David Stockman explains “Why The Bulls Will Get Slaughtered”

Summary: Americans are so often ignorant because we learn from clickbait, as seen in this exciting but misleading article by David Stockman about yesterday’s jobs. When we decide to get information from boring but reliable sources we will have taken a big step to again governing America.  {2nd of  2 posts today.}



Clickbait rule #4: when you have nothing to say about new economic numbers, attack the seasonal adjustments.


From David Stockman today (bold in the original): “Why The Bulls Will Get Slaughtered“. Reposted, of course, at Zero Hedge. Opening…

Needless to say, none of that stink was detected by Steve Liesman and his band of Jobs Friday half-wits who bloviate on bubblevision after each release. This time the BLS report actually showed the US economy lost 2.989 million jobs between December and January. Yet Moody’s Keynesian pitchman, Mark Zandi described it as “perfect”

Yes, the BLS always uses a big seasonal adjustment (SA) in January — so that’s how they got the positive headline number. But the point is that the seasonal adjustment factor for the month is so huge that the resulting month-over-month delta is inherently just plain noise.

To wit, the seasonal adjustment factor for the month was 2.165 million. That means the headline jobs gain of 151k reported on Friday amounted to only 7% of the adjustment amount!

Any economist with a modicum of common sense would recognize that even a tiny change in the seasonal adjustment factor would mean a giant variance in the headline figure. So the January SA jobs number cannot possibly reveal any kind of trend whatsoever — good, bad or indifferent.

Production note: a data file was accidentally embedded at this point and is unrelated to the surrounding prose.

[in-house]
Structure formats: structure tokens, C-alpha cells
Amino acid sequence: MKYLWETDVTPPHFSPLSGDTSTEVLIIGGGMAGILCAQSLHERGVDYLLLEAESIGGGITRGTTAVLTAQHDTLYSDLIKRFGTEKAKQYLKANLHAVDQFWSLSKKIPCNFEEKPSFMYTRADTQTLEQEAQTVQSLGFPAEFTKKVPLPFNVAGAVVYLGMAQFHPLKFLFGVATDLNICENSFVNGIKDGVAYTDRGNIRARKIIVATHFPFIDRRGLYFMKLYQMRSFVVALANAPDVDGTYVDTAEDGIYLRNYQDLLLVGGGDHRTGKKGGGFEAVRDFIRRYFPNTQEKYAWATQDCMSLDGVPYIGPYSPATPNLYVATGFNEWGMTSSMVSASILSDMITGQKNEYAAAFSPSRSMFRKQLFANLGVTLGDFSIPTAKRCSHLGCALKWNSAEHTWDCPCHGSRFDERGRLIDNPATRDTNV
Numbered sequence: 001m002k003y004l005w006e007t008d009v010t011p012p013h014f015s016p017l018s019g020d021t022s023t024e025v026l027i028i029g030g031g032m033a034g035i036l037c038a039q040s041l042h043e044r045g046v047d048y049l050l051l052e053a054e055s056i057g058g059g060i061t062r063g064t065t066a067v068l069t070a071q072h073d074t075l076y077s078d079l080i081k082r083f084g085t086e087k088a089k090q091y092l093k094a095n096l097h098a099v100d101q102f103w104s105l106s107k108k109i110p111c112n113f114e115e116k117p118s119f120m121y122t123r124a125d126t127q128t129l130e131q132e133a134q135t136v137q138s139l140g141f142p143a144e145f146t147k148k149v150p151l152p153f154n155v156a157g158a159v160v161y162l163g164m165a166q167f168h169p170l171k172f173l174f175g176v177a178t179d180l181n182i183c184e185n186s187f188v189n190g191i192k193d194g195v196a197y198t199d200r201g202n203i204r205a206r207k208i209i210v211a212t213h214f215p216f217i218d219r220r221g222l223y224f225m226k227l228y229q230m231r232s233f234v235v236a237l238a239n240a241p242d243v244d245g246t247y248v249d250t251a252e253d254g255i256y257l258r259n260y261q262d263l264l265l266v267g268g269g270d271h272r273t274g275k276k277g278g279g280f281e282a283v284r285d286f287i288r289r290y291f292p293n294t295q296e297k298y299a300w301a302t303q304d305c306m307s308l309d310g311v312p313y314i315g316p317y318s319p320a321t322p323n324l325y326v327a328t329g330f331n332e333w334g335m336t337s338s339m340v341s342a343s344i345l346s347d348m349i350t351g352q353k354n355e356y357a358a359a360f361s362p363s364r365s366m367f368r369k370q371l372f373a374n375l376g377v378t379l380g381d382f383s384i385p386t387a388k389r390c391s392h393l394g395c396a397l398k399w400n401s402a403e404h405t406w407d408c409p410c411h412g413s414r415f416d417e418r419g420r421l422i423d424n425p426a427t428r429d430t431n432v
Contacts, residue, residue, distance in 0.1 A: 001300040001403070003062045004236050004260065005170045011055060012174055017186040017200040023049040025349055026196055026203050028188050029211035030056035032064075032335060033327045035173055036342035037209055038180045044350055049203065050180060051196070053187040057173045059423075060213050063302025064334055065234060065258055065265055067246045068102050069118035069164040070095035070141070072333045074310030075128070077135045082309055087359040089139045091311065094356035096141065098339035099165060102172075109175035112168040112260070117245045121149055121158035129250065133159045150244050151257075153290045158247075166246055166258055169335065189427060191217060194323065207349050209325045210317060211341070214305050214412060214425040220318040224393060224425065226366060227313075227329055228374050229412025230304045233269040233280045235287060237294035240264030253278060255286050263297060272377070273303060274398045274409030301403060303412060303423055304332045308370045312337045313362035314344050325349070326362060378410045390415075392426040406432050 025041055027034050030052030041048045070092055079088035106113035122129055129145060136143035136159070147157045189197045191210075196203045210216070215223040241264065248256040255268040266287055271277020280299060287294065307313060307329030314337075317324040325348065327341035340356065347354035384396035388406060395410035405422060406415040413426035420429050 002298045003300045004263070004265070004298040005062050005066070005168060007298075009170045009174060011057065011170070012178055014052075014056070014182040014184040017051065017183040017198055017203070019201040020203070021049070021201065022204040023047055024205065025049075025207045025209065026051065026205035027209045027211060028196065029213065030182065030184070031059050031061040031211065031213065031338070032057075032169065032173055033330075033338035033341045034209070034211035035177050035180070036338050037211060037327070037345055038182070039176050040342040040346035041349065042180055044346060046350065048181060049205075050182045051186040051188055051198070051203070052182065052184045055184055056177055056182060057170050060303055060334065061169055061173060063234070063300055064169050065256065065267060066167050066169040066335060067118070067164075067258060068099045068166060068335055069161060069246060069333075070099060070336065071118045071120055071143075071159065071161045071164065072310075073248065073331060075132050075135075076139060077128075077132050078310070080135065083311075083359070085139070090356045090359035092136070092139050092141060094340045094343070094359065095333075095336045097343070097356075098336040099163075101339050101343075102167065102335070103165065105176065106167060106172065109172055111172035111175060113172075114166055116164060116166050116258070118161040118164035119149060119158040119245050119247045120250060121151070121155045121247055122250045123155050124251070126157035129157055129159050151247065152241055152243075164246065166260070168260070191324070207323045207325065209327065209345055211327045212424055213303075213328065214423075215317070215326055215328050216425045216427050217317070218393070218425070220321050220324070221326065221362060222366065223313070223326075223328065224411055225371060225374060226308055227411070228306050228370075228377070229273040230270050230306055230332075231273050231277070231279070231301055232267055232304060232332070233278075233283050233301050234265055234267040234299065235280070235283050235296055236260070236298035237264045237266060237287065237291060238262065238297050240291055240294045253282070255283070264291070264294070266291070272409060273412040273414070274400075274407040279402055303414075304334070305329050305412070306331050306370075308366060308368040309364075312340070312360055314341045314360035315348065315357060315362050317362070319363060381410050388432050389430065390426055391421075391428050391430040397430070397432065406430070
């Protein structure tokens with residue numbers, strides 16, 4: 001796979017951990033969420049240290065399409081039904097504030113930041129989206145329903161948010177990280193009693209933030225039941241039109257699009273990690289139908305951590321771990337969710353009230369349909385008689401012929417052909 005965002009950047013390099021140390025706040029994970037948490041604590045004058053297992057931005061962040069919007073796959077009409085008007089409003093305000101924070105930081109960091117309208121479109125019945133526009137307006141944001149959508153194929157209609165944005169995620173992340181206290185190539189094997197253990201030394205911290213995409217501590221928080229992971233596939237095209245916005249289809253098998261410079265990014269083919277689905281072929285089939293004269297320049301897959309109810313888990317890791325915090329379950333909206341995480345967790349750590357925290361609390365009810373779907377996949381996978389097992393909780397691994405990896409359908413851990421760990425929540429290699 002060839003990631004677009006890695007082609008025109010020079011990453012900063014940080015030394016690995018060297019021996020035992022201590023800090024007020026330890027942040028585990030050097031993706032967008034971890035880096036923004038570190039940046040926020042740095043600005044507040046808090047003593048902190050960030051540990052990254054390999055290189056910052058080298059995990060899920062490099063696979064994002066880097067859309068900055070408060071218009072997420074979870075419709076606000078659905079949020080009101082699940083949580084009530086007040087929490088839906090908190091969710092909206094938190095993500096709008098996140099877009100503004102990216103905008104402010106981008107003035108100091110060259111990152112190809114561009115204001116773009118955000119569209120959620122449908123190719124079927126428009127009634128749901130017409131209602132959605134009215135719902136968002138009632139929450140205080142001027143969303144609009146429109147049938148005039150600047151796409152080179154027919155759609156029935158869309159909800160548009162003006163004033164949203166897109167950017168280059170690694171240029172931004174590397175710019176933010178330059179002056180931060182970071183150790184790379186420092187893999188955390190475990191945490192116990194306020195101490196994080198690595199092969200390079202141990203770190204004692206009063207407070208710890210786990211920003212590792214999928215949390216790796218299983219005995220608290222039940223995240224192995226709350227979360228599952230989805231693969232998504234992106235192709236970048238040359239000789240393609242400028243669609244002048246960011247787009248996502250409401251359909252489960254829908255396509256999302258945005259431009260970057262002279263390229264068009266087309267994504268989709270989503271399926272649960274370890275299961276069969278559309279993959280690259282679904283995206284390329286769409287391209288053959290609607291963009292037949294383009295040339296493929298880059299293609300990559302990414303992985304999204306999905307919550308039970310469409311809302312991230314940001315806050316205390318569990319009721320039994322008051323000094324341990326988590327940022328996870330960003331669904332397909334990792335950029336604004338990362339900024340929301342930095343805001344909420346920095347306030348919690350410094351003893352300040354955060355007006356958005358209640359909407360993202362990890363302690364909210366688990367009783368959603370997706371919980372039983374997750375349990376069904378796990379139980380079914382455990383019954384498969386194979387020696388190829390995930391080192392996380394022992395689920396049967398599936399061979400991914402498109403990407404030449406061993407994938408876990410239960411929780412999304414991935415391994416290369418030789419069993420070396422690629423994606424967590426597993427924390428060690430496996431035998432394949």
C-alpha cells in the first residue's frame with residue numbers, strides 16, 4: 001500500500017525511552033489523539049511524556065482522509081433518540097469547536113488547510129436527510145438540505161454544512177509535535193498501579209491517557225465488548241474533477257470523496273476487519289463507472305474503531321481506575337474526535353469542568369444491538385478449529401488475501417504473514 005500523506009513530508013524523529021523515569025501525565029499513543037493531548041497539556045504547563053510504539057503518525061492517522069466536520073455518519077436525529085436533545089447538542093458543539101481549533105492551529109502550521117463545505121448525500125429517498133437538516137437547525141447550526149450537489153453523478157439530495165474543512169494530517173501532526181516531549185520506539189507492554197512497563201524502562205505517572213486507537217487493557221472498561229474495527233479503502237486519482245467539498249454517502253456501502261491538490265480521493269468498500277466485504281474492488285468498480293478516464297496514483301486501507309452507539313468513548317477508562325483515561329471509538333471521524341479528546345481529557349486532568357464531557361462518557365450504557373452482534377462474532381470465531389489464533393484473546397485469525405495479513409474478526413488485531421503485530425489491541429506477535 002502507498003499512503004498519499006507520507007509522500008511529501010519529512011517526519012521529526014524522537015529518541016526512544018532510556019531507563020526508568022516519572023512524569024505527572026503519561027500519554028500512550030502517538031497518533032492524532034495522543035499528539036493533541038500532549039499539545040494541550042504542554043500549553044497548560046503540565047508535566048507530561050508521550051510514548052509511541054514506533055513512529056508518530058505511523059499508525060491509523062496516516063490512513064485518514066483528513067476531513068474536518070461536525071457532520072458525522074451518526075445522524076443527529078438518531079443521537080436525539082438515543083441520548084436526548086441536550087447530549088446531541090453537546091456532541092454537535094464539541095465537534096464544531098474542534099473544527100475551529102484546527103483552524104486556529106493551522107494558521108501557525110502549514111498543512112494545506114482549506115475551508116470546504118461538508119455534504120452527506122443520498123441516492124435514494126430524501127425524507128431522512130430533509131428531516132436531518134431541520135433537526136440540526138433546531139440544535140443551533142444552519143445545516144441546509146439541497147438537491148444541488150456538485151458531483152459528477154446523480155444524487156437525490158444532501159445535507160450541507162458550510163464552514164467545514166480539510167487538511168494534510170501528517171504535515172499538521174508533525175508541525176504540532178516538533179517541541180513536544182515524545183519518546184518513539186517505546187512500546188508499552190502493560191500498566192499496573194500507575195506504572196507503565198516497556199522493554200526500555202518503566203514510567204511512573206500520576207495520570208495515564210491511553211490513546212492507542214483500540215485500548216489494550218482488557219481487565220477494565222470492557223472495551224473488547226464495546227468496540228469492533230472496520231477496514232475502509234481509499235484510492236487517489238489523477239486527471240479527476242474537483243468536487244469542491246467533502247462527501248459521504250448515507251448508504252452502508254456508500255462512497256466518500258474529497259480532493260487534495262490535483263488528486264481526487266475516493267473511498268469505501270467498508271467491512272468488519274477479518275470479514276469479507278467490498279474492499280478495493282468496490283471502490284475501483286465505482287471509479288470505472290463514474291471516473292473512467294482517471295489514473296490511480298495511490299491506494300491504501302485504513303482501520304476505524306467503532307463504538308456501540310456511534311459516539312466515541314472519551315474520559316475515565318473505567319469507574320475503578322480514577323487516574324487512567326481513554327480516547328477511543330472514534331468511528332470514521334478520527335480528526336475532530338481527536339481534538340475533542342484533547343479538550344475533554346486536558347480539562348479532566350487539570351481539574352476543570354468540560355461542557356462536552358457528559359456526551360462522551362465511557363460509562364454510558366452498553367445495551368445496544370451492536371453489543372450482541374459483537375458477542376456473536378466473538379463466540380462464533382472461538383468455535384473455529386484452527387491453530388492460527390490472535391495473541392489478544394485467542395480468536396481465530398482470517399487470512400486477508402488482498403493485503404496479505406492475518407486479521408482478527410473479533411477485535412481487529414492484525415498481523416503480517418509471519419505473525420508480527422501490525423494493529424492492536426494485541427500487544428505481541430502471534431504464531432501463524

… Actually, it proves none of those things. For one thing, the January NSA (non-seasonally adjusted) job loss this year of just under 3 million was 173,000 bigger than last January — suggesting that things are getting worse, not better. In fact, this was the largest January job decline since the 3.69 million job loss in January 2009 during the very bottom months of the Great Recession.

This technically correct but misleading, a nice demonstration of how clickbait makes its readers dumber. Seasonal adjustments are large in volatile data like payrolls, difficult but necessary adjustments to the monthly numbers. Also, it is difficult to see the trend amidst the tiny monthly changes in the large US workforce.

There is an easy alternative to ranting: look at the percent changes in the non-seasonally adjusted year-over-year change (the population grows, so percent moves better show the comparable changes).  The graph shows a clear picture…

FRED-: January 2016 NonFarm Payroll NSA YoY % change

This matches most of the other data about the US economy: an acceleration of growth in 2014, an deceleration in 2015 — continuing in January. “Deceleration” meaning growth continues but at a slower rate, but still faster than during the first four years of the recovery.

Stockman goes on to make a great many other points, in a jumble. Some are valid. Yes, this is a weak recovery that has done little for most Americans. (But then America’s CEOs and politicians don’t work for us, so why should we expect more?) And he rails against the U3 definition of unemployment (Yes, there is no one magic number, which is why DoL provides six such measures).

The truth about economics is not exciting. It’s not supposed to be fun, just valuable information about our world. Stick to boring and reliable sources; find your entertainment in fiction — not the news.

This is a follow-up to Surprises in the January jobs report.

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